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Clin Infect Dis. 2008 Feb 15;46(4):491-6. doi: 10.1086/526535.

The Maxwell Finland Lecture: for the duration-rational antibiotic administration in an era of antimicrobial resistance and clostridium difficile.

Author information

1
Medical Service, Louis Stokes Cleveland Veterans Affairs Medical Center, and Case Western Reserve University, Cleveland, Ohio 44106, USA. louis.rice@va.gov

Abstract

Antimicrobial resistance is frequently associated with clinical use of antibiotics. This close association suggests that efforts to manage our use of these potent agents can have an impact on the prevalence of resistance. Unfortunately, one size does not fit all when considering the response of bacterial pathogens to antimicrobial exposure. Measures that may prevent resistance in some species (such as using multiple antibiotics to treat tuberculosis) may exacerbate the problem of resistance in others (such as Pseudomonas aeruginosa or Acinetobacter baumannii). The simplest approach is to use fewer antibiotics and thereby apply less selective pressure to the prevalent flora. Among available strategies to reduce use, reductions in length of antimicrobial regimens are the safest and are likely to be the most palatable to practicing clinicians. Studies are urgently needed to define minimal lengths of therapy to ensure that efforts at reduced use are safe and effective.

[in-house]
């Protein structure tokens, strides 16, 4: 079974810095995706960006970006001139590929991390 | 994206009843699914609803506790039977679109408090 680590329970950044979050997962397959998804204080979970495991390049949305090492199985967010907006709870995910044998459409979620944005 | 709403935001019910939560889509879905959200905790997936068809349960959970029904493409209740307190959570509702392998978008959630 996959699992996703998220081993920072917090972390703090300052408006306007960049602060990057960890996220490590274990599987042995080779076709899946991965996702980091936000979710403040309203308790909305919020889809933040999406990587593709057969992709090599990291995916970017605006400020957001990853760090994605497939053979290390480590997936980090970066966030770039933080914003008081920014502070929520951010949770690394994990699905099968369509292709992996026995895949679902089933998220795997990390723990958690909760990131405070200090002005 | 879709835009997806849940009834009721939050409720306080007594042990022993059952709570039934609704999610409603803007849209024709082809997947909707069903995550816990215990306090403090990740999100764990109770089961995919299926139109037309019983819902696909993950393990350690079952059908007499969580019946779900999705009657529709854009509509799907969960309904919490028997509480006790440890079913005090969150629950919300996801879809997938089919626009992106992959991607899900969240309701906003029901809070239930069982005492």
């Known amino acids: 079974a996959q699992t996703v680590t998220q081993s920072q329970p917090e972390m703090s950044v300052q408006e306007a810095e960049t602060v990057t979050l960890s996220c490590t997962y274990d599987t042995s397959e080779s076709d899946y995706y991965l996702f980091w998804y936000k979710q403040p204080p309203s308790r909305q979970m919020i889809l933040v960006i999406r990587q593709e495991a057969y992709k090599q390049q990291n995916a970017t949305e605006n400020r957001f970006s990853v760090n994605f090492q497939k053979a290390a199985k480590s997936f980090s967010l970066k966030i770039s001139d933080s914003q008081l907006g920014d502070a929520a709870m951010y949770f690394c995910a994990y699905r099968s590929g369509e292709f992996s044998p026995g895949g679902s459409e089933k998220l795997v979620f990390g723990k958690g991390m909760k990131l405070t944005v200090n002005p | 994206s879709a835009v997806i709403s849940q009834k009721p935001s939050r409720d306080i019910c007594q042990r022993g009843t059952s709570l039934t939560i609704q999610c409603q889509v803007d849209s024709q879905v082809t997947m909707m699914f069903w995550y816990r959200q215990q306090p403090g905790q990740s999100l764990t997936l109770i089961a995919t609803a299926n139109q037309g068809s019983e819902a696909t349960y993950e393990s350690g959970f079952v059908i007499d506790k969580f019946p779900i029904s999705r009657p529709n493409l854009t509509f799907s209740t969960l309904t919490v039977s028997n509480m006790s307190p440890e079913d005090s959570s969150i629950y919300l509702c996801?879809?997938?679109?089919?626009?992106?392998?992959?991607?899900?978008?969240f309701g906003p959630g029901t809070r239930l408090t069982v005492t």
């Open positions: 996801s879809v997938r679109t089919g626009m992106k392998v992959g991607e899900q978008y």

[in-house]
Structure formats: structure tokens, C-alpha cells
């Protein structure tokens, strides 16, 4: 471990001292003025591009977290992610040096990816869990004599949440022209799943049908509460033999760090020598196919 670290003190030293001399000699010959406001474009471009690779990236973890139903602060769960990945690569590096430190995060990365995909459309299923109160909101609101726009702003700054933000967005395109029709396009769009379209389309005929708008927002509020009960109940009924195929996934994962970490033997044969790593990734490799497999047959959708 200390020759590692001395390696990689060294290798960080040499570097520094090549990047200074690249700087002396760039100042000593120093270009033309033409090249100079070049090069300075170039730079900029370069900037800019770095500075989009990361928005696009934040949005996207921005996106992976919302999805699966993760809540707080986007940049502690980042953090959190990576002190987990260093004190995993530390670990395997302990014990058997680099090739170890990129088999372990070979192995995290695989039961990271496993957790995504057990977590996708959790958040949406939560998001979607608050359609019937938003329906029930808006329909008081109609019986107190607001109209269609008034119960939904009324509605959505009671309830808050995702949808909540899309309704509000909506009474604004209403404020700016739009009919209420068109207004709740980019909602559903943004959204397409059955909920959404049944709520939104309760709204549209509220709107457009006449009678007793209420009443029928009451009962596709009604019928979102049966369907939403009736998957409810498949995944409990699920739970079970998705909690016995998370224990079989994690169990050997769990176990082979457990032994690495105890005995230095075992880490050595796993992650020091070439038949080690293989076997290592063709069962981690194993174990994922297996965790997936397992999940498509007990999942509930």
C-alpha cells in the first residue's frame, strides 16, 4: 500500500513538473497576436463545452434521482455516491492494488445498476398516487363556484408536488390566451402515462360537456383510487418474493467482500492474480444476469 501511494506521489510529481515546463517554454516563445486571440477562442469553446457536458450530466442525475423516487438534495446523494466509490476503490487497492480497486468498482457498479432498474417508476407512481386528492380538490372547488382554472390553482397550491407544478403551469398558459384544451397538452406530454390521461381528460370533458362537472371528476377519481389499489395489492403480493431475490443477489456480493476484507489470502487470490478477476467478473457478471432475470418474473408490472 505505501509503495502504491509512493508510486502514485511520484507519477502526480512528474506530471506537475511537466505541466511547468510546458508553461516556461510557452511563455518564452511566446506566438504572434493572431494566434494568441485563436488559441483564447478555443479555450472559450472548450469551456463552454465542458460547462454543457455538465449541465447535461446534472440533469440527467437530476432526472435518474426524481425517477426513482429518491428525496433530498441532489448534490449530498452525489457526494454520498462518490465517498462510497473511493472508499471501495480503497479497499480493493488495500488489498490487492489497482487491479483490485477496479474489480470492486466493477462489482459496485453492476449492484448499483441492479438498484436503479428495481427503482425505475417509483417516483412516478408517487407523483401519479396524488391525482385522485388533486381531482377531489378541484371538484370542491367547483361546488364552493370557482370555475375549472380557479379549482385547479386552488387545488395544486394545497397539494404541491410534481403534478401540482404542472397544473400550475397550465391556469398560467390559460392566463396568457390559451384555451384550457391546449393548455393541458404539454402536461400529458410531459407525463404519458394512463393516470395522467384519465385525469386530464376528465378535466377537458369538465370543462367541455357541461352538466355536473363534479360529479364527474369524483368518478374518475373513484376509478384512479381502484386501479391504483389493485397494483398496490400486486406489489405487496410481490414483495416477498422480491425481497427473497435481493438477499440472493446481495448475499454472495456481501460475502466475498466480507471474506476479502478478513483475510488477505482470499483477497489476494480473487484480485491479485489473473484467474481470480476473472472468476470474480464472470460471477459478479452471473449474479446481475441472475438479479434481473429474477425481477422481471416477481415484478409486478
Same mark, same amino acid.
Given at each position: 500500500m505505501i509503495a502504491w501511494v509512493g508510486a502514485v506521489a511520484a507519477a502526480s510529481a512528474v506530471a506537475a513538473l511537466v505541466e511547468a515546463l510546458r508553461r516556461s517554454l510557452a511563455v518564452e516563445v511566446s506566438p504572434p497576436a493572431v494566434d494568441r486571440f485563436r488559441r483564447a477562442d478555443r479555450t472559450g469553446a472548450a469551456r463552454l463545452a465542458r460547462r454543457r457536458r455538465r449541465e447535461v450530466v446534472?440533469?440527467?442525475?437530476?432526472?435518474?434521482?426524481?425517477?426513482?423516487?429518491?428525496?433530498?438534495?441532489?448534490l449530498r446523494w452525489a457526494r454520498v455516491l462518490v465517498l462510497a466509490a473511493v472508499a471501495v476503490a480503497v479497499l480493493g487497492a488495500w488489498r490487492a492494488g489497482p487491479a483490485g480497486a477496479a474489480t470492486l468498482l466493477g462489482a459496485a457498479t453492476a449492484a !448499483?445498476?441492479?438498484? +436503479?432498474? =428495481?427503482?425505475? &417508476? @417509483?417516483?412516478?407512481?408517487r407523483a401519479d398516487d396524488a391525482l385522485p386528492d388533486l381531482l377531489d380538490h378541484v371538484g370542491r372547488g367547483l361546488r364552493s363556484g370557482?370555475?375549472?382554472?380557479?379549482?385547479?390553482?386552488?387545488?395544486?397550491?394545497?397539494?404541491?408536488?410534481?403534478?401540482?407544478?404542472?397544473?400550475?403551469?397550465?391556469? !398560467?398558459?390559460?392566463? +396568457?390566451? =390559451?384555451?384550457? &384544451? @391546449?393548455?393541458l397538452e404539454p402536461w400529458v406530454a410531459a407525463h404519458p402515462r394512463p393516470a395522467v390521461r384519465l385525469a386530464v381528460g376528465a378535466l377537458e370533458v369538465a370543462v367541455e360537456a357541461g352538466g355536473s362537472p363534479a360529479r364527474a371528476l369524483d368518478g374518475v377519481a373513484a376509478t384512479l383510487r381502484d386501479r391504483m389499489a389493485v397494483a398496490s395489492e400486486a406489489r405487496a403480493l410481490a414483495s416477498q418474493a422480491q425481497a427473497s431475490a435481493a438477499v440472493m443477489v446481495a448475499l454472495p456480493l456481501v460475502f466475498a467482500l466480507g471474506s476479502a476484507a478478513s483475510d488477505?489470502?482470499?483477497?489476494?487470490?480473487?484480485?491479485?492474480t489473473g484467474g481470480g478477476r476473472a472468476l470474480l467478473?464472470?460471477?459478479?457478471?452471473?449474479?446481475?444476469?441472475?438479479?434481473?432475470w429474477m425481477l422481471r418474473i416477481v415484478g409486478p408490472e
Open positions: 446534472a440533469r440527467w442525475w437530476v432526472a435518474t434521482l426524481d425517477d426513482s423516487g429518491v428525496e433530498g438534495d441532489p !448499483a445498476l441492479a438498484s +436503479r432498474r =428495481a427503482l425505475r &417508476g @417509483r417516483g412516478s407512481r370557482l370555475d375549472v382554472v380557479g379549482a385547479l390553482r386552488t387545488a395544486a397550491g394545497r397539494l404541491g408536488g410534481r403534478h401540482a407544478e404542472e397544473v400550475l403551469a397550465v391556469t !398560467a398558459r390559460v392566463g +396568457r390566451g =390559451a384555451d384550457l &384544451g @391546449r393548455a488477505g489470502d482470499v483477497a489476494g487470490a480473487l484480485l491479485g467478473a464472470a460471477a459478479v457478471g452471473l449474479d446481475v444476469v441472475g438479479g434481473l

PMID:
18194098
DOI:
10.1086/526535
[Indexed for MEDLINE]

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